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adv_ssh1crc.txt

adv_ssh1crc.txt
Posted Feb 9, 2001
Authored by Michal Zalewski | Site razor.bindview.com

Razor Bindview Advisory - A remote root vulnerability exists in the crc32 compensation attack detector (deattack.c) of most ssh daemon installations (F-SECURE, OpenSSH, SSH from ssh.com, OSSH). Insufficient range control calculations (16-bit unsigned variable is used instead of 32-bit, which causes integer overflow) in the detect_attack() function leads to table index overflow bug. This effectively allows an attacker to overwrite arbitrary portions of memory. The altered memory locations affect code that is executed by the daemon with uid 0, and this can be leveraged to obtain general root access to the system. This is fixed in OpenSSH 2.3.0, ossh-1.5.8, and SSH-2.4.0.

tags | remote, overflow, arbitrary, root
MD5 | c54b7076bfc79421c5985ff3b7b65cb7

adv_ssh1crc.txt

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Remote vulnerability in SSH daemon crc32 compensation attack detector

Issue Date: February 8, 2001
Author: Michal Zalewski
Contact: Scott Blake
CVE: CAN-2001-0144

Topic:

Remotely exploitable vulnerability condition exists in most ssh daemon installations
(F-SECURE, OpenSSH, SSH from ssh.com, OSSH).

Tested against:

** Vulnerable:

SSH 1.2.x (ssh.com) -- all recent releases

F-SECURE SSH 1.3.x -- all recent releases

OpenSSH prior to 2.3.0 (unless SSH protocol 1 support is disabled)

OSSH 1.5.7 (by Bjoern Groenvall) and other ssh1/OpenSSH derived daemons

** Not vulnerable:

SSH2 (ssh.com): all 2.x releases NOTE: SSH2 installations with SSH1 fallback support are
vulnerable

OpenSSH 2.3.0 (problem fixed)

SSH1 releases prior to 1.2.24 (vulnerable to crc attacks)

Cisco SSH (own implementation)

LSH (SSH protocol 1 not supported)

** Other SSH daemons: not tested

Overview:

An integer-overflow problem is present in common code of recent ssh daemons, deattack.c,
which was developed by CORE SDI to protect against cryptographic attacks on SSH protocol.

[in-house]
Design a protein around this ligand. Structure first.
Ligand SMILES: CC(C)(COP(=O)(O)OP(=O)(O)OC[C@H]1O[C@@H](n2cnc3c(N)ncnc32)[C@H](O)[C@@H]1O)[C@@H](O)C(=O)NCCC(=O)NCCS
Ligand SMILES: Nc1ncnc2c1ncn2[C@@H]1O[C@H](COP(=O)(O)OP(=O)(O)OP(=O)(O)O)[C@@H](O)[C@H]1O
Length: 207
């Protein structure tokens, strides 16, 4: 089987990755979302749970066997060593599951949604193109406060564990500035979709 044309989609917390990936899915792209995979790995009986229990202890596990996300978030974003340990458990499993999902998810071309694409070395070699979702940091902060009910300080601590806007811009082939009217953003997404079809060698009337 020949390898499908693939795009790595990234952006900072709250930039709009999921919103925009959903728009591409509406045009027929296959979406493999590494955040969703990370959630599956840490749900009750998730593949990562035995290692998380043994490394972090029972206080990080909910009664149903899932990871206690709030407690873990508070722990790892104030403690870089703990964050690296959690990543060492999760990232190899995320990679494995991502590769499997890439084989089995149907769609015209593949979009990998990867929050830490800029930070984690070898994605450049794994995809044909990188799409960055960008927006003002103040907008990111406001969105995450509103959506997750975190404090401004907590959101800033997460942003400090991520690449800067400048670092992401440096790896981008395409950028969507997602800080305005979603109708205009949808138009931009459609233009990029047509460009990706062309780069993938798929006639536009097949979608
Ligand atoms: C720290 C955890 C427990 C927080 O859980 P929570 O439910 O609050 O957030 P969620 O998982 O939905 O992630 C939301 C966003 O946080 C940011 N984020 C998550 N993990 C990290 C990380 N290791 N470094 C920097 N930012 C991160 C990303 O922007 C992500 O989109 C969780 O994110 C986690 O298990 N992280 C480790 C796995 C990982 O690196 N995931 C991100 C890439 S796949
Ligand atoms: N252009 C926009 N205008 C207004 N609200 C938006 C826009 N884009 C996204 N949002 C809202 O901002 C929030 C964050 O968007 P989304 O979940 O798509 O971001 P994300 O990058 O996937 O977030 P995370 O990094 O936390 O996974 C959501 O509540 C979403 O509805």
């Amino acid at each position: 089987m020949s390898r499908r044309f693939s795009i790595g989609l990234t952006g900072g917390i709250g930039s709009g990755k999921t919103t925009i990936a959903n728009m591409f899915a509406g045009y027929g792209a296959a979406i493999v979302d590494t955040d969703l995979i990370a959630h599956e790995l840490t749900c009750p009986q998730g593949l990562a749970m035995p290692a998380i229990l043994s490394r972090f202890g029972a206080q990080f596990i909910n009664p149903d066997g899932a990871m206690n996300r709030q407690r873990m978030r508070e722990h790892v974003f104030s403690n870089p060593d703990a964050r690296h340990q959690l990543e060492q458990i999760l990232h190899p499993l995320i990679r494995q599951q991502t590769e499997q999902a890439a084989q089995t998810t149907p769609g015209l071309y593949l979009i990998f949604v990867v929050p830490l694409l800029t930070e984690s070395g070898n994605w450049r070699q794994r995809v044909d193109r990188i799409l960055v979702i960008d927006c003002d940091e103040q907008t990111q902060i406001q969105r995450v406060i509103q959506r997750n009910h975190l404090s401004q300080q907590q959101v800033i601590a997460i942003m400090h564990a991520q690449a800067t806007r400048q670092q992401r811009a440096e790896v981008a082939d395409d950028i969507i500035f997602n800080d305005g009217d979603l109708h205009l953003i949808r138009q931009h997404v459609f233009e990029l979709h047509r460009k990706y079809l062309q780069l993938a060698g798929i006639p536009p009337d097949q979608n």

Impact:

Insufficient range control calculations (16-bit unsigned variable is used instead of 32-bit,
which causes integer overflow) in the detect_attack() function leads to table index overflow
bug. This effectively allows an attacker to overwrite arbitrary portions of memory. The
altered memory locations affect code that is executed by the daemon with uid 0, and this can
be leveraged to obtain general root access to the system.

Details:

When the condition described above occurs, a 32-bit local variable, which is set to 65536
for large input buffers, is assigned to a 16-bit local variable, effectively causing it to
be set to 0. Due to specific malloc(0) behavior, memory allocation routine will be passed,
creating buffer of size (malloc_usable_size) 12. Next:

for (i = HASH(c) & (n - 1); h[i] != HASH_UNUSED;

We can see n-1 here, and n is equal to 0. Because i is an unsigned 32-bit integer, it would
cause integer overflow. This code will be equal to i = HASH(c) & 0xffffffff. Binary AND
operator reduces this to i = HASH(c). Pointer 'c' is referencing client-provided
cryptographic packet, and HASH function is simply responsible for changing byte order in
input stream.

Then, detect_attack() routine is trying to access h[i], causing segmentation fault due to
table index overflow bug.

To reproduce this condition, run your sshd server on localhost under gdb with '-d' switch
(to avoid forking). Then try (using OpenSSH client - ssh.com client software crops the login
name):

$ ssh -v -l `perl -e '{print "A"x88000}'` localhost

Program received signal SIGSEGV, Segmentation fault.
0x806cfbd in detect_attack ( ..., len=88016, IV=0x0) at deattack.c:138
136 for (i = HASH(c) & (n - 1); h[i] != HASH_UNUSED;

We can inspect the table index (SEGV happened during h[i] != HASH_UNSIGNED comparsion):

(gdb) printf "%x\n",i

Results may vary with every connection, depending on the entropy seed used by the client,
crypto keys, etc. You can easily produce a wide 32-bit range of indexes by changing client
parameters or simply reconnecting. It is obvious there wouldn't be a problem to specify very
large index that would point outside our table, but will cause address space wrap to point
accessible memory (stack or another segment). Then, few lines below, in the same loop, we